DISCOVER
×

How to Clean a Honda Idle Air Control Valve

Updated July 18, 2017

The idle air control (IAC) valve on a Honda operates the idle speed through the throttle body. The IAC must be kept clean; if it gets dirty, the idle speed will be greatly affected. This could damage the engine of the vehicle. Therefore, regular cleaning of the IAC is imperative.

Detach the cable that is connected to the negative battery socket. Unfasten the nut on the cable clamp. Remove the clamp from the terminal.

Lift up the bonnet and unfasten the two screws that secure the idle control valve to the throttle body. The valve and the throttle body can be found to the rear of the engine adjacent to the firewall. The screws that Honda use for the IAC valve are soft-headed, so use caution when removing them.

Take off the electrical plug connected to the IAC valve. Apply pressure to the bottom and the top of the electrical plug to detach it from the valve.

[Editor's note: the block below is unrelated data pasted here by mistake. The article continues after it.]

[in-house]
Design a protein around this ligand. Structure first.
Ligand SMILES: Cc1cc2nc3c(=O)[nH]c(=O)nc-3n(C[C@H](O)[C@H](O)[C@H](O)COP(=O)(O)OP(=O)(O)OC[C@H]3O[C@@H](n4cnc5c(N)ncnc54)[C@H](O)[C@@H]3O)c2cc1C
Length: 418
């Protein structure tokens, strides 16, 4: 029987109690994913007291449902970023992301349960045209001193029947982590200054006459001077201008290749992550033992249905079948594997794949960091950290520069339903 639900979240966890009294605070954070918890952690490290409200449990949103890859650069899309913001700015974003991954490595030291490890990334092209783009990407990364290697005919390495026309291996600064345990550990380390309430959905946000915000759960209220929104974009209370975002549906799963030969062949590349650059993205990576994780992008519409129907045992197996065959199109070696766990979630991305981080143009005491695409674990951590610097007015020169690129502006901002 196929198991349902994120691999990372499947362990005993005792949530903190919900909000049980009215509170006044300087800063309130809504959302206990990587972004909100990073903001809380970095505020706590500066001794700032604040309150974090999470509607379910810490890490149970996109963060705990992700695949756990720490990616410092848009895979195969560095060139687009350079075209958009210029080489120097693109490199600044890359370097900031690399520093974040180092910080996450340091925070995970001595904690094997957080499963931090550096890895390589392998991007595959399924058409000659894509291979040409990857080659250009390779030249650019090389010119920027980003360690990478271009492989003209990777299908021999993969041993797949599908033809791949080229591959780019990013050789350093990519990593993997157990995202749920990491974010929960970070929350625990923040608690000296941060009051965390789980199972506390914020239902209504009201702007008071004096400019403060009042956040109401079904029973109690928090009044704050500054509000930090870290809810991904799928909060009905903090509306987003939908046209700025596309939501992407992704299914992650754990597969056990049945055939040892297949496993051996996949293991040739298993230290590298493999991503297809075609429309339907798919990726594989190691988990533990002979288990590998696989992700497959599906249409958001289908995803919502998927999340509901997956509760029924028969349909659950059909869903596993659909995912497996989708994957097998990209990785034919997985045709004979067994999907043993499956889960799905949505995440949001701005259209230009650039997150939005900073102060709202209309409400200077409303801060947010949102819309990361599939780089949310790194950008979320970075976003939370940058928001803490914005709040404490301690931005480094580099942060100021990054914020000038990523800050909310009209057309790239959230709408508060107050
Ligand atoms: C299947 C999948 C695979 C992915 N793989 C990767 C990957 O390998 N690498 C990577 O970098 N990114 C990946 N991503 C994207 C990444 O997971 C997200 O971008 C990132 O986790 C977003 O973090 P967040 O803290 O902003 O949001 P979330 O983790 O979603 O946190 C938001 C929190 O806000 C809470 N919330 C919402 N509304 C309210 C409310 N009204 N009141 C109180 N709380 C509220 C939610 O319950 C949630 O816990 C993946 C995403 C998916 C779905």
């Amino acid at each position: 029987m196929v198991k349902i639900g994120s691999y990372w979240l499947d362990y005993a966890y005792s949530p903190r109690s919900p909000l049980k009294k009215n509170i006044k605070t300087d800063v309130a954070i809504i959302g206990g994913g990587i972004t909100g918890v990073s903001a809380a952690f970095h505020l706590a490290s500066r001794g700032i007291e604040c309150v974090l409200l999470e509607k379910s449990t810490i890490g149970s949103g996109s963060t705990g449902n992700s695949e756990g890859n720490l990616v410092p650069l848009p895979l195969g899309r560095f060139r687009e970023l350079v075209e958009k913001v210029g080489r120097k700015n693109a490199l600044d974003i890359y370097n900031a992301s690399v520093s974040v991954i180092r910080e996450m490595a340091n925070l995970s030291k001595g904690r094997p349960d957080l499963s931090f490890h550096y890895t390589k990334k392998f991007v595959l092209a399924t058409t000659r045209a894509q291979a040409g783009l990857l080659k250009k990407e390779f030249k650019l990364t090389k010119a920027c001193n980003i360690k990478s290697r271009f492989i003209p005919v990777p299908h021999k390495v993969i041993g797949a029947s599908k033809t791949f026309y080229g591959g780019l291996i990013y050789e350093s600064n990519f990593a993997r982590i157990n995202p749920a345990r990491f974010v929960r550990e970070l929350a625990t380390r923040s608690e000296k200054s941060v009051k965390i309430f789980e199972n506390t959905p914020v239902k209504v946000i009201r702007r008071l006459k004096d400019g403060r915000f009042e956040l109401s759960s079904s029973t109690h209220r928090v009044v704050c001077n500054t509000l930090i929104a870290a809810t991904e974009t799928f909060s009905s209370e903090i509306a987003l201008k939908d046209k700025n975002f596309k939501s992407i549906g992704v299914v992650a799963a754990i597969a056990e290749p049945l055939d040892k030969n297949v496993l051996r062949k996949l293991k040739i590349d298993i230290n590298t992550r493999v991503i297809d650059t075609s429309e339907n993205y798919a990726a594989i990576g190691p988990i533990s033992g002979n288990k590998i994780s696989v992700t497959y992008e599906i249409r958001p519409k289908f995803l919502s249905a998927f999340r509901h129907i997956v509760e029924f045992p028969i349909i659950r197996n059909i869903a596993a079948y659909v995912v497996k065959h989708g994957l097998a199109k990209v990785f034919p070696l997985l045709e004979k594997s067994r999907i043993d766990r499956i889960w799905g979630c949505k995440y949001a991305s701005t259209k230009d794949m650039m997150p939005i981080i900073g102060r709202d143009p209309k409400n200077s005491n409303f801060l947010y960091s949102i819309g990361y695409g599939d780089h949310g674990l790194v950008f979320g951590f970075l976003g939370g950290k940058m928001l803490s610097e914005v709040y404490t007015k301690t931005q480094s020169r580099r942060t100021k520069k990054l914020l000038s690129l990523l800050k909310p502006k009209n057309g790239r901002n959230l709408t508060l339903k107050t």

Remove the IAC valve from the throttle body, place it down on a flat surface to reveal the valve openings. There should be two openings on the backside of the valve. In one of the valves, there should be a sensing device. Check the device for dust or dirt.

Take the electronic parts cleaner and spray it all over the sensor device. If it is really dirty, take a large container and let it soak in the cleaning solution. Leave it for five minutes, letting the cleaner run through the valve openings. Spray the entire sensor, wait for the solution to become free from any dirt or dust. Let the sensing device to dry.

Place the IAC valve back into the engine, remembering how it was removed in the first instance. Turn the engine on and let it run for five minutes.

Things You'll Need

  • Socket wrench
  • 10mm socket
  • Screwdriver
  • Electronic parts cleaner
Cite this Article A tool to create a citation to reference this article Cite this Article

About the Author

Lara Winston has been writing since 2001. She has written about a plethora of subjects including nutrition, anatomy, physiotherapy and current affairs. Winston is passionate about health and is currently running her own nutrition consultancy. She holds a Master of Business Administration in physiotherapy and two undergraduate degrees in nutrition and sports rehabilitation.